The Cool side is truly the perfectionist’s delight, however. The two HPF settings were useful, with the non-traditional 60 Hz setting being a welcome addition. The wide range of impedance settings dominated my curiosity with a great variety of possibilities, especially the 300C setting (this setting bypasses the preamp mixing circuit, a purist setting if you will). When using the 1/4-inch instrument DI input the impedance switch selects a different range of values for that input. The Cool side offers five impedance choices from 100K to 10 Megohms, allowing compatibility with everything from old-school single-coil pickups to modern humbuckers to line level-type sources … more tweak ‘n tweak.
The Color switch proved itself to be powerful, but not frequently called for. Both the ‘60s and ‘70s settings were fairly dramatic, altering frequency response and dynamics in obvious ways. Although I’ve been doing a lot of clean work lately, those of you who do highly stylized productions and work relying on grit and grain will utilize this feature on a daily basis. Combined with driving the input hard, the output trim and impedance settings, I found myself doing lots of long experimental soundchecks. Tweak …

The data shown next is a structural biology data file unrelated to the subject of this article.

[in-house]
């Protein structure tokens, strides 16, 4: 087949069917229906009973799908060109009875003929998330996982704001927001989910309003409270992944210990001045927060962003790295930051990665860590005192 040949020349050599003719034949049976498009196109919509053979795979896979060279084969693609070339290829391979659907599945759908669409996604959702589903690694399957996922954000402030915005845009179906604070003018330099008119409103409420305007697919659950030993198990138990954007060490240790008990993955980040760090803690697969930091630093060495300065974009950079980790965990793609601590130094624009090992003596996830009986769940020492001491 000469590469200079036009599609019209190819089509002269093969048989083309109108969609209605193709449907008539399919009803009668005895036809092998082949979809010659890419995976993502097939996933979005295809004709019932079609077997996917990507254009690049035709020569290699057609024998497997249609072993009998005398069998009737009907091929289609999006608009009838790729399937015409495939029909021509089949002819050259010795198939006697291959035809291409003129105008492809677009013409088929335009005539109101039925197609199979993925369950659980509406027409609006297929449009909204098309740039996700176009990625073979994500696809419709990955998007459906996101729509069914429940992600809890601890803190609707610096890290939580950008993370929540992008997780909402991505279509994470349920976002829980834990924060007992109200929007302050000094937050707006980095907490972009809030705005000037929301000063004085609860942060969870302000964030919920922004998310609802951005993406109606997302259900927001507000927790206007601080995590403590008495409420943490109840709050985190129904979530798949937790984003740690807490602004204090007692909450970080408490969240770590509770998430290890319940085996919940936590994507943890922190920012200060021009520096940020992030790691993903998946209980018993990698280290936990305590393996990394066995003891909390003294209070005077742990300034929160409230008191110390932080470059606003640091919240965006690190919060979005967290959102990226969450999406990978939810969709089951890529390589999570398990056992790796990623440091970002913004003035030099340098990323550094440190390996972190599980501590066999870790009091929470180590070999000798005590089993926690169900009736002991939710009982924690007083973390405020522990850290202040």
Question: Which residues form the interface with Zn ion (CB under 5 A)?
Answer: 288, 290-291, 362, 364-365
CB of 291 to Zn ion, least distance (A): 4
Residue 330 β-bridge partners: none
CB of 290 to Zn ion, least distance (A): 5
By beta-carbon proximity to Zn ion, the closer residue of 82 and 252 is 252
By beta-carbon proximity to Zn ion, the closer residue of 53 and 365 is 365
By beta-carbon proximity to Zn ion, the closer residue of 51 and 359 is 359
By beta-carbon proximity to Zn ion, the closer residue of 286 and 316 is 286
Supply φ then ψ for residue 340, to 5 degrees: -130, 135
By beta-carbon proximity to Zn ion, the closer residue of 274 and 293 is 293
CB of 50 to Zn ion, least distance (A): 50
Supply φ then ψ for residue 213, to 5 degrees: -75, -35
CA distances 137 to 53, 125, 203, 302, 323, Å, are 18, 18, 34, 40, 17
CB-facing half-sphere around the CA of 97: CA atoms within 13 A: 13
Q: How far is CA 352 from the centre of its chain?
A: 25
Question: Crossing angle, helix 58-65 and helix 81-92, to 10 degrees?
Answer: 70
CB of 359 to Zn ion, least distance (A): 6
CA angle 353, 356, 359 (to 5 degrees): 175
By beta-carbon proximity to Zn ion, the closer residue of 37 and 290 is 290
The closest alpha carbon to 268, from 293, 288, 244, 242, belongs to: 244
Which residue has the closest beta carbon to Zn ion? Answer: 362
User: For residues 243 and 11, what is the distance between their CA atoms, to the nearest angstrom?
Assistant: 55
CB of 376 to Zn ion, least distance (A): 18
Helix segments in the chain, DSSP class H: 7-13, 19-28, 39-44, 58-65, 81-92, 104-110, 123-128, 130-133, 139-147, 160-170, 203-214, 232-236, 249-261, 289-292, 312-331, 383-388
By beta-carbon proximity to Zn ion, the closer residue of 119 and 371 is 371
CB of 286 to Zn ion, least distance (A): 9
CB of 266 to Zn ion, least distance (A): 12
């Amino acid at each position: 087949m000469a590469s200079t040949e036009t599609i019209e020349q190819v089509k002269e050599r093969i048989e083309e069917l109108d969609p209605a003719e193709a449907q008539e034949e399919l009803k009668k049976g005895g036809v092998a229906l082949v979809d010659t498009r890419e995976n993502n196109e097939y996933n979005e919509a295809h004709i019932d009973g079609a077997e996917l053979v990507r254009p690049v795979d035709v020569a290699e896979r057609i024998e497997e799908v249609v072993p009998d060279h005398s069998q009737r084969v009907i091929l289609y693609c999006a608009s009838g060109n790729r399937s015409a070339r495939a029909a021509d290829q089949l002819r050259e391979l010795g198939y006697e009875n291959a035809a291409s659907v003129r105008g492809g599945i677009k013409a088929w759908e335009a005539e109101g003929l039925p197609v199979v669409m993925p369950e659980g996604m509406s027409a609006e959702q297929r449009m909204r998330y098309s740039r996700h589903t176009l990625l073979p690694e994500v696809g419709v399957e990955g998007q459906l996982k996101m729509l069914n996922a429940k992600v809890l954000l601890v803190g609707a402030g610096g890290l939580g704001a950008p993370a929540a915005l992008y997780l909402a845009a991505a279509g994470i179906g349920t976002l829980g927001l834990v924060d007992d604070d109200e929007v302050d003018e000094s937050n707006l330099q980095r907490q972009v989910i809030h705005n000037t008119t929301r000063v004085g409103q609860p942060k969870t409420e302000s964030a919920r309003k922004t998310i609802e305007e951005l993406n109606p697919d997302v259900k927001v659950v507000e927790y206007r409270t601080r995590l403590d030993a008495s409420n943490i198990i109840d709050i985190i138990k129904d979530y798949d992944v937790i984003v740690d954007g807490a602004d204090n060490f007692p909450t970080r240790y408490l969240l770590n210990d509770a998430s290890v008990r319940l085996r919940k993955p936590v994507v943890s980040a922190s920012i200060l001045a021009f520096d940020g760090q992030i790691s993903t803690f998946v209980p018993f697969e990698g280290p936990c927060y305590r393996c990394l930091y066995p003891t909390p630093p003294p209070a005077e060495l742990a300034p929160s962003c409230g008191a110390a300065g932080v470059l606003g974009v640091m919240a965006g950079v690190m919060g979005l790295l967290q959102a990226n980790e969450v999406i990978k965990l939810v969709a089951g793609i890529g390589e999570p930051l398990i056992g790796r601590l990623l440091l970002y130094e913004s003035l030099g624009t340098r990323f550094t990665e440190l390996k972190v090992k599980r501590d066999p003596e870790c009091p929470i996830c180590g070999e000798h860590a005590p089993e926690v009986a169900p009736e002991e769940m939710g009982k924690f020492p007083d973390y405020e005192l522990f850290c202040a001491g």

Topping it all off: the Iron control. Seasoned pros know that “transformer” does not always equal “fuzzy,” either, so this control should not be expected to be some sort of overdrive. What it does do is impart subtle transformer coloration in the form of low frequency level and its distortion, high frequency level and its dynamics. I found myself split on the use of Iron, sometimes rounding out harsh aggressiveness, sometimes getting out of the signal’s way to retain clarity. Sometimes this control made me reconsider mic issues again … you know by now.
Manley quality does not come cheap, but this unit is still a bargain due to its expected longevity, resale value, quality and flexibility. Engineers who travel with gear will value its portability vs. versatility ratio. Engineers who like to double mic sources and track either similar or dissimilar options will revel in its inherent flexibility. Engineers who like to make quick decisions and aren’t concerned with colorful options take heed; you may require blinders to block out features vying for your scarce attention … my initial re-naming “tweak” is amply supported.